NEW DELHI • India's top court yesterday imposed a temporary ban on new diesel-guzzling sport utility vehicles (SUVs) and other luxury cars in New Delhi.
The Supreme Court also barred diesel trucks older than 10 years from entering the city, one of a string of orders handed down to tackle smog-shrouded Delhi.
Chief Justice T.S. Thakur ordered the ban on the registration of new diesel vehicles with engine capacities of over 2 litres, typical of SUVs, jeeps and large cars made by BMW, Toyota and other manufacturers.
The courts are pushing the authorities to act over New Delhi's toxic air, ranked as the worst in the world in a World Health Organisation survey last year of over 1,600 cities.
The ban on new diesel car registration would last until March 31, according to local media reports.
The court also barred the entry of diesel vehicles registered before 2005 into the capital and doubled the environment compensation charge on diesel-engine vehicles.
The order is separate from an environmental court's decision last week to halt the sale of new diesel-powered vehicles temporarily and comes as the Delhi state government prepares to restrict the number of cars on its roads next month on an experimental basis.
The green court's order has already drawn criticism from automakers, with the country's biggest vehicle manufacturers' group saying it could derail the industry.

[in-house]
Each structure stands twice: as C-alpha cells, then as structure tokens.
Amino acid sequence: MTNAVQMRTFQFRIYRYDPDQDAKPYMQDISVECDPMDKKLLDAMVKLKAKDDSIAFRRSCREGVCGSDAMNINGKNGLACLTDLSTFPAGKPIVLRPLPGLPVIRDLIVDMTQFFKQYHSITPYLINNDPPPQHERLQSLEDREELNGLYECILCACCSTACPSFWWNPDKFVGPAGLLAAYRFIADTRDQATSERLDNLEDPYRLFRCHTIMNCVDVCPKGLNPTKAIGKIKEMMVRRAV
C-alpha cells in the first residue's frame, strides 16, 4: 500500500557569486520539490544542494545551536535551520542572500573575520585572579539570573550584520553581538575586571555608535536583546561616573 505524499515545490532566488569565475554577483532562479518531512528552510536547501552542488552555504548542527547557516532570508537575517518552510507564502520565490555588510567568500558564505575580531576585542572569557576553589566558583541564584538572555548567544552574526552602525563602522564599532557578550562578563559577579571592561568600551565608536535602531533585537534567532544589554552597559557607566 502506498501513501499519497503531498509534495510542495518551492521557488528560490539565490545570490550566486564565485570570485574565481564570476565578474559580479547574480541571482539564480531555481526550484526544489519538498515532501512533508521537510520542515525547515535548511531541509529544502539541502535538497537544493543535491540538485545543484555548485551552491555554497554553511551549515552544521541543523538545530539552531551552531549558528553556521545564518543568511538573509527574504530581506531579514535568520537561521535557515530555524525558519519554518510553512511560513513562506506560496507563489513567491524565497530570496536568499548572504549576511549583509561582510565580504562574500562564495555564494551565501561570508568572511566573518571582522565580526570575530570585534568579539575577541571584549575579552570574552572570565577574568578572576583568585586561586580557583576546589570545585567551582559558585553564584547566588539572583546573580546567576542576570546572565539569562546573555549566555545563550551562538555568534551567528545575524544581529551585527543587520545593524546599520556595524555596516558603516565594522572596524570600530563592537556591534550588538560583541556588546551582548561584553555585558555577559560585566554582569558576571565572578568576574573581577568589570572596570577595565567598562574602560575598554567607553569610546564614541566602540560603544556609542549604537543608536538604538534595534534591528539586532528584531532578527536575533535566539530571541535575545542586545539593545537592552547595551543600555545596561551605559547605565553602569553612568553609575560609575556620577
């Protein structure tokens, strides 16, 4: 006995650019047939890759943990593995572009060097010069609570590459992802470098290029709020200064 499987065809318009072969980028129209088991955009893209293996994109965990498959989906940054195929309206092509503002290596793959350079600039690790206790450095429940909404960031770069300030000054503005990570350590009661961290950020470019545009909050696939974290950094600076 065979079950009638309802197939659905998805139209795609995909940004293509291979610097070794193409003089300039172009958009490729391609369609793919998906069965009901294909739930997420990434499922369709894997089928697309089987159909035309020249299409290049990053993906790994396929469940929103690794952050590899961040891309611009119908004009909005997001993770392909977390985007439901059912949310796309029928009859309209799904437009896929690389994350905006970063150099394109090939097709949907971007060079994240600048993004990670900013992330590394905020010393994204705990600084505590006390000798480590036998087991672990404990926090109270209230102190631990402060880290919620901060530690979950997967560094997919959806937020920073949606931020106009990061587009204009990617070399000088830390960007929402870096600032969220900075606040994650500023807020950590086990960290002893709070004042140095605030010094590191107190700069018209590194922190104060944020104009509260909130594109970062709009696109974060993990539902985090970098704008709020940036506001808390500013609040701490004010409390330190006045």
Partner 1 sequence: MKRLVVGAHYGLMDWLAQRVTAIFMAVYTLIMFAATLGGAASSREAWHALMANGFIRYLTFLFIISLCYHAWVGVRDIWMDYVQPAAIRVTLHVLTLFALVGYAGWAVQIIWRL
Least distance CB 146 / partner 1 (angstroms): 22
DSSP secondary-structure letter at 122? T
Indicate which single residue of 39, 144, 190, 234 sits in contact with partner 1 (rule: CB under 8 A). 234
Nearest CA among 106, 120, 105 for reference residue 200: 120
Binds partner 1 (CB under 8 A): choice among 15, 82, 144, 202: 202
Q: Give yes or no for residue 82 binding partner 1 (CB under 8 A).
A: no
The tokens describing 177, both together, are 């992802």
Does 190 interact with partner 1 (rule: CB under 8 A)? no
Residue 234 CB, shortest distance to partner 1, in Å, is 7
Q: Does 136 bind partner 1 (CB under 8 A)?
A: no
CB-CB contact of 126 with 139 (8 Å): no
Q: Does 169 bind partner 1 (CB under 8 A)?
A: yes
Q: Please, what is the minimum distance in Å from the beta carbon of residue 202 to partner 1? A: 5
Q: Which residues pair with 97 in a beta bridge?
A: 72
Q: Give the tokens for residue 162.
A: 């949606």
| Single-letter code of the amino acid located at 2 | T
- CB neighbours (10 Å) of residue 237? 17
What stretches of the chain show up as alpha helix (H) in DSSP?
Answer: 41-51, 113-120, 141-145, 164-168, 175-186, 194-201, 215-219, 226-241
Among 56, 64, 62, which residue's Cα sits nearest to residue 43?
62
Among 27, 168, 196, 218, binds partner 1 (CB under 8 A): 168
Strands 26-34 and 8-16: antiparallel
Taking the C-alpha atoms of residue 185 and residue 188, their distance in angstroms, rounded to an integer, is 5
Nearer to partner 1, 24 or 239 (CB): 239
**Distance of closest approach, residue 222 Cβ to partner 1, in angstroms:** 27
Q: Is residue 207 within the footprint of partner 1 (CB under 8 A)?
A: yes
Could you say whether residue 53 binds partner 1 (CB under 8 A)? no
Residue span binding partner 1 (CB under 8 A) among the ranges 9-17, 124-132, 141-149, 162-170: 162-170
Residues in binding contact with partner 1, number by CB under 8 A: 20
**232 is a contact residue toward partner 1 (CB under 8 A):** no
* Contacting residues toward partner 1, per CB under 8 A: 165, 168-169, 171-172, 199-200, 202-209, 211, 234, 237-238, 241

Leading environmentalist Sunita Narain, who was in the court, said judges also ordered city-based taxis to move from diesel to CNG (compressed natural gas) by the end of March and banned the burning of garbage. "There cannot be anything more fundamental than the right to clean air and what the court has recognised today... (is) this is a public health emergency," Ms Narain told reporters.
Successive Delhi governments have faced scathing criticism for failing to come up with a strategy to tackle the smog. The city government earlier this month said private vehicles would be allowed on the roads only on alternate days for a trial period in January.
Delhi's air routinely worsens in the winter as the poor start lighting fires to stay warm and as cooler air and clouds trap pollutants. But unlike Beijing, which also suffers from hazardous haze levels, the city does not issue public health warnings.
India's air quality index based on readings of PM2.5 - tiny, toxic particles that lead to respiratory diseases - was 258 as of 8am yesterday in the Indian capital and categorised as very unhealthy, according to the US Embassy in New Delhi.
AGENCE FRANCE-PRESSE, BLOOMBERG